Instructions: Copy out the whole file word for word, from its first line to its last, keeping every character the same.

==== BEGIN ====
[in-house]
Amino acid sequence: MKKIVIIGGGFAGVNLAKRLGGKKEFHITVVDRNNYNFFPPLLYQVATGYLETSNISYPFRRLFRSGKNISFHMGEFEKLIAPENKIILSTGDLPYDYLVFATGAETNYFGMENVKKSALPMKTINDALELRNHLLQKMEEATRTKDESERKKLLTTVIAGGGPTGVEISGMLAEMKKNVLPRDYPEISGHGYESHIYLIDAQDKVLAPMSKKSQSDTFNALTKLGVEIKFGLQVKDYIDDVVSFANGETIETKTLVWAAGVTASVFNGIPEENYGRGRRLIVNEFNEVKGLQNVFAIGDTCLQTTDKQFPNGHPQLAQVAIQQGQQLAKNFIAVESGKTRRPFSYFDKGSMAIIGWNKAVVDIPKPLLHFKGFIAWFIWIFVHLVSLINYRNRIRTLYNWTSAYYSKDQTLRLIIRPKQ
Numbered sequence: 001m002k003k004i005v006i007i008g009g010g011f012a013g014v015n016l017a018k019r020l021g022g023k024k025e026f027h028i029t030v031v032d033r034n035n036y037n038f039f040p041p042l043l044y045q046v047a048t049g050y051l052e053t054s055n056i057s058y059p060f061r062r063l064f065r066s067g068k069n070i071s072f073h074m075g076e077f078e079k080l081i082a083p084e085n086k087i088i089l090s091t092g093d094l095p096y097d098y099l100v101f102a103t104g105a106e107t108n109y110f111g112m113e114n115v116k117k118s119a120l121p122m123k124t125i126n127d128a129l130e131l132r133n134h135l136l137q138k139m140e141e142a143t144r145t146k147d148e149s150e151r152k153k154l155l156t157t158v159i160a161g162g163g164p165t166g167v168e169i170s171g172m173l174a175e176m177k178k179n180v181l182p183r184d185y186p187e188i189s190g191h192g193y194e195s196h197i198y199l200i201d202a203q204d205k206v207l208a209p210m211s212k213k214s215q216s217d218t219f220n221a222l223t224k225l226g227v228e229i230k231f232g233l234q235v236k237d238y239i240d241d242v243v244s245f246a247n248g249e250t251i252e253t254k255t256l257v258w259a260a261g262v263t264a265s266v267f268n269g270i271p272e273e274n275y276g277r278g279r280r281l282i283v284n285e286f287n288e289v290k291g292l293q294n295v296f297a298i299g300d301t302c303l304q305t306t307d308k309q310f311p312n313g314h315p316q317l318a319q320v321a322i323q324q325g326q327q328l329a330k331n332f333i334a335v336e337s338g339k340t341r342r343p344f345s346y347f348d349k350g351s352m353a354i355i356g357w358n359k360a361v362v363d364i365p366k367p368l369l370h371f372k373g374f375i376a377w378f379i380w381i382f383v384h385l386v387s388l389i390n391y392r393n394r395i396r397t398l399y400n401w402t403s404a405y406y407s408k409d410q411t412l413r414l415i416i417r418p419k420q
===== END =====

[in-house]
Amino acid sequence: MKKIVIIGGGFAGVNLAKRLGGKKEFHITVVDRNNYNFFPPLLYQVATGYLETSNISYPFRRLFRSGKNISFHMGEFEKLIAPENKIILSTGDLPYDYLVFATGAETNYFGMENVKKSALPMKTINDALELRNHLLQKMEEATRTKDESERKKLLTTVIAGGGPTGVEISGMLAEMKKNVLPRDYPEISGHGYESHIYLIDAQDKVLAPMSKKSQSDTFNALTKLGVEIKFGLQVKDYIDDVVSFANGETIETKTLVWAAGVTASVFNGIPEENYGRGRRLIVNEFNEVKGLQNVFAIGDTCLQTTDKQFPNGHPQLAQVAIQQGQQLAKNFIAVESGKTRRPFSYFDKGSMAIIGWNKAVVDIPKPLLHFKGFIAWFIWIFVHLVSLINYRNRIRTLYNWTSAYYSKDQTLRLIIRPKQ
Numbered sequence: 001m002k003k004i005v006i007i008g009g010g011f012a013g014v015n016l017a018k019r020l021g022g023k024k025e026f027h028i029t030v031v032d033r034n035n036y037n038f039f040p041p042l043l044y045q046v047a048t049g050y051l052e053t054s055n056i057s058y059p060f061r062r063l064f065r066s067g068k069n070i071s072f073h074m075g076e077f078e079k080l081i082a083p084e085n086k087i088i089l090s091t092g093d094l095p096y097d098y099l100v101f102a103t104g105a106e107t108n109y110f111g112m113e114n115v116k117k118s119a120l121p122m123k124t125i126n127d128a129l130e131l132r133n134h135l136l137q138k139m140e141e142a143t144r145t146k147d148e149s150e151r152k153k154l155l156t157t158v159i160a161g162g163g164p165t166g167v168e169i170s171g172m173l174a175e176m177k178k179n180v181l182p183r184d185y186p187e188i189s190g191h192g193y194e195s196h197i198y199l200i201d202a203q204d205k206v207l208a209p210m211s212k213k214s215q216s217d218t219f220n221a222l223t224k225l226g227v228e229i230k231f232g233l234q235v236k237d238y239i240d241d242v243v244s245f246a247n248g249e250t251i252e253t254k255t256l257v258w259a260a261g262v263t264a265s266v267f268n269g270i271p272e273e274n275y276g277r278g279r280r281l282i283v284n285e286f287n288e289v290k291g292l293q294n295v296f297a298i299g300d301t302c303l304q305t306t307d308k309q310f311p312n313g314h315p316q317l318a319q320v321a322i323q324q325g326q327q328l329a330k331n332f333i334a335v336e337s338g339k340t341r342r343p344f345s346y347f348d349k350g351s352m353a354i355i356g357w358n359k360a361v362v363d364i365p366k367p368l369l370h371f372k373g374f375i376a377w378f379i380w381i382f383v384h385l386v387s388l389i390n391y392r393n394r395i396r397t398l399y400n401w402t403s404a405y406y407s408k409d410q411t412l413r414l415i416i417r418p419k420q